ARR: Block PowerShell access to Exchange

Windows Server 2012R2 Windows Server 2016 Windows Server 2019

In this tutorial, I will show you how to block PowerShell remote access to Exchange with ARR.

As a security measure, if you use IIS ARR to publish Exchange servers to the Internet, you must block PowerShell remote access.

By default, it is possible to remotely administer an Exchange server with PowerShell, we find all the Cmdlets available in EMS (Exchange Management Shell).

On the ARR server, launch the IIS console and go to the list of rewrite rules. You should have something, like the screenshot above:

We will now create a rule that will block access to the URL containing powershell.

In the action area, click on Add rules 1.

The rule will manage incoming traffic, click on Empty rule 1 then on the OK button 2.

Name the rule 1, select Matches pattern 2 then choose Regular expressions 3. In the Model field enter ^powershell.* 4..

We will now define the conditions for applying the rule, expand the Conditions 1 area and click on the Add 2 button.

Here we will define the URL(s) which are used to publish the Exchange servers. In the Condition Entry field, put {HTTP_HOST} 1 and in the model field indicate the URLs 2 then click on OK 3 to create the condition.

If you have several URLs to put, they must be separated by pipe |.

The condition is added 1, this is the only condition that we will apply.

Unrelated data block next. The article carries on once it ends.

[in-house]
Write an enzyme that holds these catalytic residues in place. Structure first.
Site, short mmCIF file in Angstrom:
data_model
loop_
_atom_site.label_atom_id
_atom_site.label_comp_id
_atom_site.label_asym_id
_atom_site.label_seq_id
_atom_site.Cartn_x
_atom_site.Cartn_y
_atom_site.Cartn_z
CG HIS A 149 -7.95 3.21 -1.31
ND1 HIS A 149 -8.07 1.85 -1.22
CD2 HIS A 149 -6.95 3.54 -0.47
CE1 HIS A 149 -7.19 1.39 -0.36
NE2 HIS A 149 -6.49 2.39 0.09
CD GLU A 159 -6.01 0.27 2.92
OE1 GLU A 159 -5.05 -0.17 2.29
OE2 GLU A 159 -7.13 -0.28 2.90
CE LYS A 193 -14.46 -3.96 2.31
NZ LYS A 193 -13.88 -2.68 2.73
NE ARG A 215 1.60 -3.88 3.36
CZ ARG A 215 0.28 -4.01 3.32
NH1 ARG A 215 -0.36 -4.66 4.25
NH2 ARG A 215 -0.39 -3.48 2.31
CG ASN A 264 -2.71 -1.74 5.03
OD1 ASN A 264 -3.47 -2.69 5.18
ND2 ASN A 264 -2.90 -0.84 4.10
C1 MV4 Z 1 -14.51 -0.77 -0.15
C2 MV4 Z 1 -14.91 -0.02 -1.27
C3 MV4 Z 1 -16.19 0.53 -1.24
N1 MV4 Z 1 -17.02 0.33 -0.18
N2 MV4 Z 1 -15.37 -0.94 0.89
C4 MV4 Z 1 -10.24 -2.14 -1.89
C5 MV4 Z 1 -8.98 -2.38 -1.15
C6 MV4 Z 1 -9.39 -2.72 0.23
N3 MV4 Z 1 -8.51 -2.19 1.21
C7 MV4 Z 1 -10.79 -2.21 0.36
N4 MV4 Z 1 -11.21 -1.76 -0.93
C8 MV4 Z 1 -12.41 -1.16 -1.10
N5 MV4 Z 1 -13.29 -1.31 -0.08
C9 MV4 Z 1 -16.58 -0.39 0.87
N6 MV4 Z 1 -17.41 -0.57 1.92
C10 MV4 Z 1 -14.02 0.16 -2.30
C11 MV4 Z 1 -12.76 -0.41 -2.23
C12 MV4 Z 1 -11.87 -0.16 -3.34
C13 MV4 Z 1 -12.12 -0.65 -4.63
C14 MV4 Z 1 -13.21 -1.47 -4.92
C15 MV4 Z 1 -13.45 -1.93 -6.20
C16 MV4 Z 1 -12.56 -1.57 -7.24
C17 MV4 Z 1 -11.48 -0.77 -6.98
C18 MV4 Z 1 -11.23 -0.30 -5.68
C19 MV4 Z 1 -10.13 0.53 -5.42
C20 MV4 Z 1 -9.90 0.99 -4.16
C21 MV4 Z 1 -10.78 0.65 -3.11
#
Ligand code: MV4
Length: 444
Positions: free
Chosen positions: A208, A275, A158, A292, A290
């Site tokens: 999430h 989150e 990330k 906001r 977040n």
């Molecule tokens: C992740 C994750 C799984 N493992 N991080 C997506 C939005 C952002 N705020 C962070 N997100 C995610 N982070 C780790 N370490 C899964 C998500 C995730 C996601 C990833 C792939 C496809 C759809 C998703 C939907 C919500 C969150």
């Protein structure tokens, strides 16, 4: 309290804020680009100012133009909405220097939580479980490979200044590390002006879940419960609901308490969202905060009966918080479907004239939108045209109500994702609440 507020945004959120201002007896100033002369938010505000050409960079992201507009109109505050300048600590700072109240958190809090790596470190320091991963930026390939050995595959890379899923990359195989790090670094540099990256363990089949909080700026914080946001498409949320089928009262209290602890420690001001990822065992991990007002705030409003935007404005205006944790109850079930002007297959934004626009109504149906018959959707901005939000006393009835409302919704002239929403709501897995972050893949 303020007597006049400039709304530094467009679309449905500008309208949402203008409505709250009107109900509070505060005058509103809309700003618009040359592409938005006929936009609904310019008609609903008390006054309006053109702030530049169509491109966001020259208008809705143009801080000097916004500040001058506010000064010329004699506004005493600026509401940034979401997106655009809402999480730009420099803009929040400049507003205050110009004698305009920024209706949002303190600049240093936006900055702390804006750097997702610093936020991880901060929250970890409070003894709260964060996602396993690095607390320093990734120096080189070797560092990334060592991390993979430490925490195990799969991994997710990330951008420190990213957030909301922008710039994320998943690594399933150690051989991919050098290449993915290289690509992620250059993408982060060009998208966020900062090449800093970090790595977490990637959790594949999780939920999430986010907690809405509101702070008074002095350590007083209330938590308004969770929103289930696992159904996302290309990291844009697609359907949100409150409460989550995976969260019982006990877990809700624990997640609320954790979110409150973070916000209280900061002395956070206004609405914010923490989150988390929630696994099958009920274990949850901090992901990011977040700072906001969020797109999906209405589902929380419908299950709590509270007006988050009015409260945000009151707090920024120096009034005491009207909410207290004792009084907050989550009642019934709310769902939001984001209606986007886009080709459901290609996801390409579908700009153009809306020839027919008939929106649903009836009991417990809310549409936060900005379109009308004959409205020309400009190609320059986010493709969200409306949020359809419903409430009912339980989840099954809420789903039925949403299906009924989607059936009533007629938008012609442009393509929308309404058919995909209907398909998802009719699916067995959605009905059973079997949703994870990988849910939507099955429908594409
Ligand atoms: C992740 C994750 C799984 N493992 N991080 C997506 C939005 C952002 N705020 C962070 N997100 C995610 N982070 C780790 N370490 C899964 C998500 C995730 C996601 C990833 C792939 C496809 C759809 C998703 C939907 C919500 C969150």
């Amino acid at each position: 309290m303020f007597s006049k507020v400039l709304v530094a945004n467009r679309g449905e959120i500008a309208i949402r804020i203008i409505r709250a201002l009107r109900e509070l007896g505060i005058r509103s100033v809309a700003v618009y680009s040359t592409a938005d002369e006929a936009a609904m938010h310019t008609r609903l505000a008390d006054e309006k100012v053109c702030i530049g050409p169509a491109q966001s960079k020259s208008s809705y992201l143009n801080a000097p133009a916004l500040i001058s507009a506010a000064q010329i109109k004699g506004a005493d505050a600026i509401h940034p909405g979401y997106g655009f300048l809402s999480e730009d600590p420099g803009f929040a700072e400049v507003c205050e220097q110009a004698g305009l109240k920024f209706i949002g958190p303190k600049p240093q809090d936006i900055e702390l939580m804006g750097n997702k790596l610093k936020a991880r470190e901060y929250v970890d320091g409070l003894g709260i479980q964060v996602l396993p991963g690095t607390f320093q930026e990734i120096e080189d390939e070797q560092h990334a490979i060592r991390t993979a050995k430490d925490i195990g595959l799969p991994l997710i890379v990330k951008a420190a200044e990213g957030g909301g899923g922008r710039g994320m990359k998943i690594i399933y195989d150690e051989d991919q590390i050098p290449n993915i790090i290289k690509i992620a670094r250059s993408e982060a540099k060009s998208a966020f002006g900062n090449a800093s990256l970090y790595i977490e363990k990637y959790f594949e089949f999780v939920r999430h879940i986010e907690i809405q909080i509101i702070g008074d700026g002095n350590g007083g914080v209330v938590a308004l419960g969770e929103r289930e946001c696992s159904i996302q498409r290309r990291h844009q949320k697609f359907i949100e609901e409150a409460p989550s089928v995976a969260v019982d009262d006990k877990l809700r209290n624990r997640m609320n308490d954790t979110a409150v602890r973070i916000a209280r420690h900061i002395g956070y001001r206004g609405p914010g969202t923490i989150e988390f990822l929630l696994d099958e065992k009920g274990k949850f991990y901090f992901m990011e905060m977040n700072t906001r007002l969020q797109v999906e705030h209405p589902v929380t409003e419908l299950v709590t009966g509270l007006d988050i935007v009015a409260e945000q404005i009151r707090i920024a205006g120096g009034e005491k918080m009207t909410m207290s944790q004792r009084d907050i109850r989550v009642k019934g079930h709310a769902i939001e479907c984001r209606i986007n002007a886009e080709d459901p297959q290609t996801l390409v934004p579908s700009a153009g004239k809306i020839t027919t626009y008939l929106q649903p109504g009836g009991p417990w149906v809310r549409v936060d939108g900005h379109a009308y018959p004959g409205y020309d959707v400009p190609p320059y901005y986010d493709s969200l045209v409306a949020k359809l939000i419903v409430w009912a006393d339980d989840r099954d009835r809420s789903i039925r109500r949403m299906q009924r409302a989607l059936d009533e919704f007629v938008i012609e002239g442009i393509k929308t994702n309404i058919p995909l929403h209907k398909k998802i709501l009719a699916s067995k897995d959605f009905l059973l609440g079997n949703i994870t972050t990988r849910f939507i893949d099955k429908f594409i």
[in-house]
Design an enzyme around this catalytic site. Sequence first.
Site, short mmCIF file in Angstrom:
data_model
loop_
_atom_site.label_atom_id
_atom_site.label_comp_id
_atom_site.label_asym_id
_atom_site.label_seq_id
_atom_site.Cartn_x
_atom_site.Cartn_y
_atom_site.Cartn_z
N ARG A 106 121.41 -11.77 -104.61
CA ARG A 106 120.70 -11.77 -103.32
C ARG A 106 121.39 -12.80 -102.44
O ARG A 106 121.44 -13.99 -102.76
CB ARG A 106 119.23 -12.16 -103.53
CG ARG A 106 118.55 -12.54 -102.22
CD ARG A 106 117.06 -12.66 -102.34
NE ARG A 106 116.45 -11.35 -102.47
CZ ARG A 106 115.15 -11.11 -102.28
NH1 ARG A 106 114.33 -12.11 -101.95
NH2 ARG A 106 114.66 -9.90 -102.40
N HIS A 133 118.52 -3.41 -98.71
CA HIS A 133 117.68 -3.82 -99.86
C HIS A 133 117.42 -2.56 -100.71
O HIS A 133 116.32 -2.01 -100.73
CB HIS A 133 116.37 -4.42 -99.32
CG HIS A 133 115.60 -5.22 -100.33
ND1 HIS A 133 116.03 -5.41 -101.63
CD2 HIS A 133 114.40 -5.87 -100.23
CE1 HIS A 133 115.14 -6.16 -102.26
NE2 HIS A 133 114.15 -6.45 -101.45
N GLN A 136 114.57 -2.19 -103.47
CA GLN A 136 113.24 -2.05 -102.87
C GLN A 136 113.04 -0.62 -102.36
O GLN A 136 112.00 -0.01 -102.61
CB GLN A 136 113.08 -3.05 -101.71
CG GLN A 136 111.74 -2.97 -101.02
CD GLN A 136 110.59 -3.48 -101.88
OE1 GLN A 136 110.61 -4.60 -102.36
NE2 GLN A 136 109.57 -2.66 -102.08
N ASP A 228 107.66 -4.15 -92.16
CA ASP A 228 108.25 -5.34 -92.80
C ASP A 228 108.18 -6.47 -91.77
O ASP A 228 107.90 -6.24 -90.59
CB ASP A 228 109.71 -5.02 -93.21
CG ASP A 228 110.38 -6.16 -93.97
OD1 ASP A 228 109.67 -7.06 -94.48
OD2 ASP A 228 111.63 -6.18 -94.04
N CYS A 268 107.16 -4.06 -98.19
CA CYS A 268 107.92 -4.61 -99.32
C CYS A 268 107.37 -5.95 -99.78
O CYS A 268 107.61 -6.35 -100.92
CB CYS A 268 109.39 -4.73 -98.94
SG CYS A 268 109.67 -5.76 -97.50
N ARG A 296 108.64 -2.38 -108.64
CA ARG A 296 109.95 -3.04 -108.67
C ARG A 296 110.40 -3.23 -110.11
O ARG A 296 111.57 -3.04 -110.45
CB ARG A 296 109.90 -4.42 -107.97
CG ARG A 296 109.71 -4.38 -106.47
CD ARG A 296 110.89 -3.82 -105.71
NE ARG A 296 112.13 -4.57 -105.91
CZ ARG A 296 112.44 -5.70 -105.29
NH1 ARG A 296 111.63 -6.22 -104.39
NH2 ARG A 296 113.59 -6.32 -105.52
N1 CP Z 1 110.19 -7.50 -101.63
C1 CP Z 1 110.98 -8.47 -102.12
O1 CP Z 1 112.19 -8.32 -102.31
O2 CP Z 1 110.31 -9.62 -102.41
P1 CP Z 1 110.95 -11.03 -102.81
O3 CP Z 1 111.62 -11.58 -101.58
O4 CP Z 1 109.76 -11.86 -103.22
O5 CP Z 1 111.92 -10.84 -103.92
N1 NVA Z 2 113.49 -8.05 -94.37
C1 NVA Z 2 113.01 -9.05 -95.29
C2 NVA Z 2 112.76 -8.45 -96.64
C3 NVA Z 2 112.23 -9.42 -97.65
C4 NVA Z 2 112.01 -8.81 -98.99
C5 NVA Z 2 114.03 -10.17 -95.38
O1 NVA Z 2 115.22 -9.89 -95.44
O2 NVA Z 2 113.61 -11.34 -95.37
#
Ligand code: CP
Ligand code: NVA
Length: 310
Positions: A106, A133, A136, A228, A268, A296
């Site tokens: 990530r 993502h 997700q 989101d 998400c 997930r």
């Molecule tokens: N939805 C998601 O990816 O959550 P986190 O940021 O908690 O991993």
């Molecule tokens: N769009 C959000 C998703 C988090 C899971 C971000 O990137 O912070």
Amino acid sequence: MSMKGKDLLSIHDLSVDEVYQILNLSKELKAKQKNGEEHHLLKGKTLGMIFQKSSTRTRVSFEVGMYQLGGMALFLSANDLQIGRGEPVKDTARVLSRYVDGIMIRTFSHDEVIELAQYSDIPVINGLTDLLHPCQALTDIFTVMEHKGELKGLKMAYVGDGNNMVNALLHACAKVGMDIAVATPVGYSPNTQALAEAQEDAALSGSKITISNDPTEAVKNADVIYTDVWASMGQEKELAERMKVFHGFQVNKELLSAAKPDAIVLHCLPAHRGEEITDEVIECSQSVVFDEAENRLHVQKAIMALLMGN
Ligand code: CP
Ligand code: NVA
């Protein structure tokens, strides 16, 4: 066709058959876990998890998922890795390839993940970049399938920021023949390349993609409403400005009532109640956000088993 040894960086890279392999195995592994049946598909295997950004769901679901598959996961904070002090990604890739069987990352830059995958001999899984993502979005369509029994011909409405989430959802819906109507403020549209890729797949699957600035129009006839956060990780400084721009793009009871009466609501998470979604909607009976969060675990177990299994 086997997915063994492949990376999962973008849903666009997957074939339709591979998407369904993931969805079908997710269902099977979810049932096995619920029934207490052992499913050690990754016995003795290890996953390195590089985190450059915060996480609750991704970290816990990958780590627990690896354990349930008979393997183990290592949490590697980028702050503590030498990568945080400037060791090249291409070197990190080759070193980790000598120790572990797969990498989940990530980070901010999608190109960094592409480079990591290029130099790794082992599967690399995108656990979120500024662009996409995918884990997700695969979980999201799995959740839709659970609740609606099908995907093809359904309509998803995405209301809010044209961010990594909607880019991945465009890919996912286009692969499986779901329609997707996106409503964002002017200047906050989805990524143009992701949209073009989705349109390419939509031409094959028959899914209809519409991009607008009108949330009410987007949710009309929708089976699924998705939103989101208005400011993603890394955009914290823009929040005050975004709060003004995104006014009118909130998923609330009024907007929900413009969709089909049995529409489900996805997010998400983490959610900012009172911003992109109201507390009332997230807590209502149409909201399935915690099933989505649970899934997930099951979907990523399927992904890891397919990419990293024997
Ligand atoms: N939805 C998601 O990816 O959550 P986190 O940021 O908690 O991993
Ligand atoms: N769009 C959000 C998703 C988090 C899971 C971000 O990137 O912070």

We still have the action to define to block requests, expand the Action 1 box, action type: select Custom response 2, then indicate the status code 503 3 and in the Reason and description of the error fields enter a message 4. To finish click on Apply 5.

Return to the list of rules, We can see that the rule has been added 1, it is in the last position, the rules being treated as on a firewall, that is to say starting with the top, the rule blocking access to PowerShell has no effect at the moment.

You must mount the ruler in the first position, select the 1 ruler by clicking on it, then in the Actions area, click on Raise 2 so as to place it above the others.

Now that the rule is on top of the rules that handle transfer with Exchange servers, PowerShell access is blocked.

To test the rule, it is possible from a browser to try to access the URL that publishes PowerShell, if it works, you should get an error message:

Now you know how to secure PowerShell access to Exchange by blocking it with ARR.

If you use IIS ARR as a reverse proxy to publish your Exchange servers on the Internet, I advise you to install Crowdsec on it to increase the level of security.

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